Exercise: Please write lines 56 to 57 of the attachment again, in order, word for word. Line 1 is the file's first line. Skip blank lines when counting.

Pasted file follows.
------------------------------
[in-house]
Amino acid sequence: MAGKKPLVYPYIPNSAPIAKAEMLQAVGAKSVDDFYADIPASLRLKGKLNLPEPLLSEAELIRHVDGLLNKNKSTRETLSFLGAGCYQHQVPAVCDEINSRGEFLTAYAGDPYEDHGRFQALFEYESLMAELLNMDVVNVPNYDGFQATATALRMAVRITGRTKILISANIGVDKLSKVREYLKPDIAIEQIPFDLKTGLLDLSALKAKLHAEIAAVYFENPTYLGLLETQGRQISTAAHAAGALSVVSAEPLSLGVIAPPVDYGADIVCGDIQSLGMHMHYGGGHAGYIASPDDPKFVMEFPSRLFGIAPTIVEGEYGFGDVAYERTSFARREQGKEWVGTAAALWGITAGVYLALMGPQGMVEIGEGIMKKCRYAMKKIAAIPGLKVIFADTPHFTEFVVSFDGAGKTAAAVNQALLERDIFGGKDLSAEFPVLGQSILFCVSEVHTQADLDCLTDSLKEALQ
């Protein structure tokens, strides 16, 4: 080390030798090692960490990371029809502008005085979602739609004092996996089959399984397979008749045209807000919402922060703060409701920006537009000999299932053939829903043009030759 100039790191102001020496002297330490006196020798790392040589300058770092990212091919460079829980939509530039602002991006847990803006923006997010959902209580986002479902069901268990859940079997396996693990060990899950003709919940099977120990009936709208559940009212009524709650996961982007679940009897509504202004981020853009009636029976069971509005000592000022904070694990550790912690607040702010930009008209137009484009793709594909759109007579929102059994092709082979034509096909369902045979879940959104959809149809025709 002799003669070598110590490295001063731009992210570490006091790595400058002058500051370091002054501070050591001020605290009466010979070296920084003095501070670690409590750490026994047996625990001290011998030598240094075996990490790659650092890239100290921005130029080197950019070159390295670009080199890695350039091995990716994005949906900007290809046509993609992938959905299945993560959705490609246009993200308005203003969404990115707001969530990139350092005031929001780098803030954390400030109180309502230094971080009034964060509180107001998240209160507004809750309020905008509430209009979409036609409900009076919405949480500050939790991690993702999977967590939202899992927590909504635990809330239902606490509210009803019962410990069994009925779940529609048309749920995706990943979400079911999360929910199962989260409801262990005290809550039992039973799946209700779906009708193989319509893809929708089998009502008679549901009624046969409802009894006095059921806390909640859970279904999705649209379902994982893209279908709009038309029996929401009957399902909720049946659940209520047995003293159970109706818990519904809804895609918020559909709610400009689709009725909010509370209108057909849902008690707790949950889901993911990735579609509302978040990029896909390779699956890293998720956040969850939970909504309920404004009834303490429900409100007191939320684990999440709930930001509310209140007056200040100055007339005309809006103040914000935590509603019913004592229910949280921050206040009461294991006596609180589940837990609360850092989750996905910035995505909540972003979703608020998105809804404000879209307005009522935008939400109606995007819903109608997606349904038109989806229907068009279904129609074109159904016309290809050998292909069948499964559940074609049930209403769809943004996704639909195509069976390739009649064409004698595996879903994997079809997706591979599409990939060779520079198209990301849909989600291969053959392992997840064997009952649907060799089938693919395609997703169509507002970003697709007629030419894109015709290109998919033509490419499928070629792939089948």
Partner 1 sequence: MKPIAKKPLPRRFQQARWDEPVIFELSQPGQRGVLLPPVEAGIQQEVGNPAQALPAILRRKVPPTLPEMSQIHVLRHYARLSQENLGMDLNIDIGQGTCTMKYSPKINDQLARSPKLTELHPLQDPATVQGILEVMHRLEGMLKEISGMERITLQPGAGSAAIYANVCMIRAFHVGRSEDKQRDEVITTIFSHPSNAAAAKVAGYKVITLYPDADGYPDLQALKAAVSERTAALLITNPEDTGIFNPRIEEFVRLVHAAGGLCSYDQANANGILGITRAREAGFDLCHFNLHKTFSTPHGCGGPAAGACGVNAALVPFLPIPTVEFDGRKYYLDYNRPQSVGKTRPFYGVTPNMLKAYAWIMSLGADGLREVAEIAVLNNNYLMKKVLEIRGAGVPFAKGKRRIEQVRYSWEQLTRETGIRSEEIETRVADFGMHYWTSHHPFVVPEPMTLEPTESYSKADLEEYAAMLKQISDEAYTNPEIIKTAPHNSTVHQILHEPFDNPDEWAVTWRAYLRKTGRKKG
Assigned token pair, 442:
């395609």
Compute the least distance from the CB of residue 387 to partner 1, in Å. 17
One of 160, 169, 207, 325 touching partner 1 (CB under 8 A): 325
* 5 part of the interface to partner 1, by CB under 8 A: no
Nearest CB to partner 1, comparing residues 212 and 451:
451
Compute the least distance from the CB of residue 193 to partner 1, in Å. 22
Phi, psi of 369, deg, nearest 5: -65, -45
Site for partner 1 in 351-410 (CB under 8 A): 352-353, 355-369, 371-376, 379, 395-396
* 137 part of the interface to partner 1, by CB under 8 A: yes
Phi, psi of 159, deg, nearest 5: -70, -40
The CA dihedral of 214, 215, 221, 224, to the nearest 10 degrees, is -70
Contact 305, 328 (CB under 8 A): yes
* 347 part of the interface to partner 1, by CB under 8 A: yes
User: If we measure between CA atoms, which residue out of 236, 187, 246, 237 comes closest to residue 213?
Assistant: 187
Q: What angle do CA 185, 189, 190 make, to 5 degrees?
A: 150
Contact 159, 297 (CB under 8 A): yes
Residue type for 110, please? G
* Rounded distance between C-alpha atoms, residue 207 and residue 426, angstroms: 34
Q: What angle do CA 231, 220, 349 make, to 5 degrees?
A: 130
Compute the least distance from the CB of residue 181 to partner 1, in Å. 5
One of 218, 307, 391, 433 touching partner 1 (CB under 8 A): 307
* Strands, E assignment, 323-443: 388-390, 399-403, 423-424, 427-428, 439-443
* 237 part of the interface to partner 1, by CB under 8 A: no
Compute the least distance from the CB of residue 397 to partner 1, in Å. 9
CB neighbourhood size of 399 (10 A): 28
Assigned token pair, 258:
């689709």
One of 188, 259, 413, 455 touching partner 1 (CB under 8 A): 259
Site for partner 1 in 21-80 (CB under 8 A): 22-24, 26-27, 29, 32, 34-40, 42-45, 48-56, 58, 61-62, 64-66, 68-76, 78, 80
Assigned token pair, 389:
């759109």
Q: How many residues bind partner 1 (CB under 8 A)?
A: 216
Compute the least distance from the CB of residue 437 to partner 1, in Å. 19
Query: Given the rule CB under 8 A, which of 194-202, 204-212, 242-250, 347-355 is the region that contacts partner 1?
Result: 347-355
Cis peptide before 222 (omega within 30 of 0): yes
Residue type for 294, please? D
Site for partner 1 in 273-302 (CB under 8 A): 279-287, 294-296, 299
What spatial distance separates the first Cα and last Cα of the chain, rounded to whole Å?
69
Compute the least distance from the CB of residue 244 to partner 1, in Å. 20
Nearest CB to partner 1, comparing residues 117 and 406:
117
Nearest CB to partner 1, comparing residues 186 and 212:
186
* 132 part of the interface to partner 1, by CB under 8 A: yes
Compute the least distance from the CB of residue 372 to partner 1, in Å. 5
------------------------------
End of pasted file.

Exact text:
* 132 part of the interface to partner 1, by CB under 8 A: yes
Compute the least distance from the CB of residue 372 to partner 1, in Å. 5